What Is Incontinence?
This refers to accidental loss of fecal material or stool. Some may have a more minor version of this problem whereby they only lose control of gas or small amounts of stool. Others may experience complete loss of control of bowel movements. Incontinence is more prevalent among women than men.
A significant problem affecting these individuals is the embarrassment and the stigma associated with incontinence which prevents them from seeking treatment even when incontinence affects their quality of life. Many people alter their physical and social activities or even employment in order to deal with their problems.
As providers, our biggest challenge is to encourage our patients to seek treatment and create an open and comfortable environment where patients can discuss these issues without shame or embarrassment.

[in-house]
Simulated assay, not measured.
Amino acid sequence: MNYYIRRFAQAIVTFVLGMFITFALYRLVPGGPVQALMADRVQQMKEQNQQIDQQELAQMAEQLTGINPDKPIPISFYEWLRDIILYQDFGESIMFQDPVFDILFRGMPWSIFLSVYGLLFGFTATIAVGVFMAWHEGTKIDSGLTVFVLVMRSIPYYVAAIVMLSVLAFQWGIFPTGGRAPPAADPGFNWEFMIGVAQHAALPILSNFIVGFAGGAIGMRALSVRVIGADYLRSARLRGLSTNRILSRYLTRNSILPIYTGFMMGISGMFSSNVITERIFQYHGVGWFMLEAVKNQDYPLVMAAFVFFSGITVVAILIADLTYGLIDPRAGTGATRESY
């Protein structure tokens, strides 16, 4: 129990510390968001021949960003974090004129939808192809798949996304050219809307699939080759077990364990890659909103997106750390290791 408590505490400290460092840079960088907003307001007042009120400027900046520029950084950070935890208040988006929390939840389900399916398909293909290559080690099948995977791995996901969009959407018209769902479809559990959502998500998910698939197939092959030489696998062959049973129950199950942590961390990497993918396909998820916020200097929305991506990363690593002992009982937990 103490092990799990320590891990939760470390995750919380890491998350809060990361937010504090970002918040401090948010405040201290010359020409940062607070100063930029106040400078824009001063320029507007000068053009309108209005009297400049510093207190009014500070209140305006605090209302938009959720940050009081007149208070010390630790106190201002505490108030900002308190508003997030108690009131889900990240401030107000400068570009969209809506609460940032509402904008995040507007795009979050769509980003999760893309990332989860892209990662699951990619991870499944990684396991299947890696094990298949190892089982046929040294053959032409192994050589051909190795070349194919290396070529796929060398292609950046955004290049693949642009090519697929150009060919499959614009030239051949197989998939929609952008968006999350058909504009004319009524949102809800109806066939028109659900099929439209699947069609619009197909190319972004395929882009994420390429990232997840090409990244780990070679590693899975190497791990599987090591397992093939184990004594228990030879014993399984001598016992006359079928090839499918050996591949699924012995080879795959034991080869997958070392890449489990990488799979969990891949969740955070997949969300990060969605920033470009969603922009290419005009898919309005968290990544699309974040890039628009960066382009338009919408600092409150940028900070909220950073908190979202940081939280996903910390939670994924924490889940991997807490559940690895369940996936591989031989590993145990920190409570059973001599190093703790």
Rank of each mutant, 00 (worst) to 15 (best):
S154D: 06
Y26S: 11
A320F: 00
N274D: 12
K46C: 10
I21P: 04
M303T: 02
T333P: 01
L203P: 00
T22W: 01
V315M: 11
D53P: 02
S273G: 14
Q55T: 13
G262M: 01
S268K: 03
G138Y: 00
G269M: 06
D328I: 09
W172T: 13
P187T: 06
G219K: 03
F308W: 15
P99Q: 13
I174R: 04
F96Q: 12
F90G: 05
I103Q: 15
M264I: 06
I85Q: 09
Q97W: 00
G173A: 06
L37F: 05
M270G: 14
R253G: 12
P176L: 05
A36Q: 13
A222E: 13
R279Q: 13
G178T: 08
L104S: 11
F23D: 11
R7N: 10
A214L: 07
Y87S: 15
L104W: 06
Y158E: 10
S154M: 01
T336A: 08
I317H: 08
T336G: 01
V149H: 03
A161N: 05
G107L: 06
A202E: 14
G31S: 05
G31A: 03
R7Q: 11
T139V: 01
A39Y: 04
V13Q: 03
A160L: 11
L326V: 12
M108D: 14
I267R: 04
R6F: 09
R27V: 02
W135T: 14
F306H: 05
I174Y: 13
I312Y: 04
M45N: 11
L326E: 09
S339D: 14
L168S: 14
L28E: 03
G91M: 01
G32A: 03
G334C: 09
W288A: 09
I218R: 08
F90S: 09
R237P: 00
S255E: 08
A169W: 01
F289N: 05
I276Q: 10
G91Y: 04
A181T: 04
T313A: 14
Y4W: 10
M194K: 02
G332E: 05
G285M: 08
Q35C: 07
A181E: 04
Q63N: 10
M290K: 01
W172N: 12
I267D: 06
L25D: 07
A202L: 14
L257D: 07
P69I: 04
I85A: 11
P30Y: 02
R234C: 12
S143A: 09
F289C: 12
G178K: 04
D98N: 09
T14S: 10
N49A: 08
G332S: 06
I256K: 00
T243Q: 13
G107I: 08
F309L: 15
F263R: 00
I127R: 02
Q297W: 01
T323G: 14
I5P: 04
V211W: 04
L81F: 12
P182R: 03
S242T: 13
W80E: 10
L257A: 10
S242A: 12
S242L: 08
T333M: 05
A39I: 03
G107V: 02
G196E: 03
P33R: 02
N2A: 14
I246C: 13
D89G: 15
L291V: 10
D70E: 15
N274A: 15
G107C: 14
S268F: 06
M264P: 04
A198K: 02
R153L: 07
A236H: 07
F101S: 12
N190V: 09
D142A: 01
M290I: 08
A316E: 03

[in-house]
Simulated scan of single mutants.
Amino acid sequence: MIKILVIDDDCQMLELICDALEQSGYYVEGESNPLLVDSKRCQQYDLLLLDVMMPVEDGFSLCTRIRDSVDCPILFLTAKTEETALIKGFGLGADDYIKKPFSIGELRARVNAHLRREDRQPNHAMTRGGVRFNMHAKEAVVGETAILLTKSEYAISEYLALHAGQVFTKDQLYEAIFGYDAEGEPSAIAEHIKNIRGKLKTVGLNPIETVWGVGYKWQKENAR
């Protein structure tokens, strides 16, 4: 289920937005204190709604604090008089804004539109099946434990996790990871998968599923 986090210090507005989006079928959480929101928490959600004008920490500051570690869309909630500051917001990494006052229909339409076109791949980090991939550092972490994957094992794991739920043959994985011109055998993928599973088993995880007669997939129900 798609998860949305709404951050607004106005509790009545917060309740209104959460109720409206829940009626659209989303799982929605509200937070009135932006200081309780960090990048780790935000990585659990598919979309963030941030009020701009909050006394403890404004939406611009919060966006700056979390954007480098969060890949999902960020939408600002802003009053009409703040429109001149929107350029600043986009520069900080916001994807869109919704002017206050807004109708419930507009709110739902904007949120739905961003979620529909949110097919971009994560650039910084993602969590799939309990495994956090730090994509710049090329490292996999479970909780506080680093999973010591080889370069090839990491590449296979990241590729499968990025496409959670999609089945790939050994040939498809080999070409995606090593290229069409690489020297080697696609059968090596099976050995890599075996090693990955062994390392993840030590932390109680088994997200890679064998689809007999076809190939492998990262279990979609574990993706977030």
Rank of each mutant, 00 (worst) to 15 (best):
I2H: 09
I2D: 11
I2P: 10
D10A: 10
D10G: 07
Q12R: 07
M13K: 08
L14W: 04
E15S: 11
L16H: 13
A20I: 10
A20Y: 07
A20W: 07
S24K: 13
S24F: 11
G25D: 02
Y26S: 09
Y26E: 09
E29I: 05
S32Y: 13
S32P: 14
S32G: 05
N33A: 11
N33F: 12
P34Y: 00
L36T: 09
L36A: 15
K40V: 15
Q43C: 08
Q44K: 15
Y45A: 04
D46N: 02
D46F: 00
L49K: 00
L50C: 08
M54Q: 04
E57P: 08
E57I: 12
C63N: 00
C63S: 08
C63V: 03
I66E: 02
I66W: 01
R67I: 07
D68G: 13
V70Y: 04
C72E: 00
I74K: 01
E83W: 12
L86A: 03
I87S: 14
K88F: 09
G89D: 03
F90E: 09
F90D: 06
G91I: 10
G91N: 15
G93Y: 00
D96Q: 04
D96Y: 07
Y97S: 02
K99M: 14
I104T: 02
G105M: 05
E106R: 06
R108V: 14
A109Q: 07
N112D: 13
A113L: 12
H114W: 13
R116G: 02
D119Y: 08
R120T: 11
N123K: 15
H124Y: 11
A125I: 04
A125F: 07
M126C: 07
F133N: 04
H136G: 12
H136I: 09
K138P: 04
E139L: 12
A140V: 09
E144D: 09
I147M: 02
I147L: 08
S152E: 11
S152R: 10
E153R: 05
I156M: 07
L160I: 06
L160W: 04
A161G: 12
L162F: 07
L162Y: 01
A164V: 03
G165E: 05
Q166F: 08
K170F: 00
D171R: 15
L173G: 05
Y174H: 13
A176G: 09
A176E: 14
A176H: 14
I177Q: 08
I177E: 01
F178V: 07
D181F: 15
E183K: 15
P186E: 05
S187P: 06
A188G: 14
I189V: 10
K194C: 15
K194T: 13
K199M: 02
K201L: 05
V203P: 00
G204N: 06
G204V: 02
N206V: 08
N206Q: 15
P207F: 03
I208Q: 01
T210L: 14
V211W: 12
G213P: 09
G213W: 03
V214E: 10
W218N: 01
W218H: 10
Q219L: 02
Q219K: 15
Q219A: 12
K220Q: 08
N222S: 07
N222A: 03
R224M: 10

What causes incontinence?
There are several causes of incontinence. Sometimes more than one cause may apply.
- Damage to anal sphincter muscle and nerves during childbirth
- Surgeries like hemorrhoidectomy, fistula treatment or removal of part of the colon.
- Medications like antibiotics and chronic laxative use
- Chemotherapy or radiation therapy
- Diet poor in fiber
- Diseases that cause chronic diarrhea
- Diseases that affect general health by diabetes and obesity
- Conditions that impair mental function like stroke.
- Spinal cord injury.
- Limited mobility and difficult access to a restroom.
How is incontinence diagnosed?
Typically, a thorough history and physical exam is good enough to get you started. Sometimes, additional testing may be required such as one of the following:
- Anal manometry: Study of pressures within the anal canal.
- Endoanal ultrasound: Ultrasound study of the anal sphincter.
- Flexible sigmoidoscopy, colonoscopy: Placement of a thin flexible camera tube to study the walls of the colon.
- Nerve studies: Check the normal functioning of the nerves that supply the anal canal.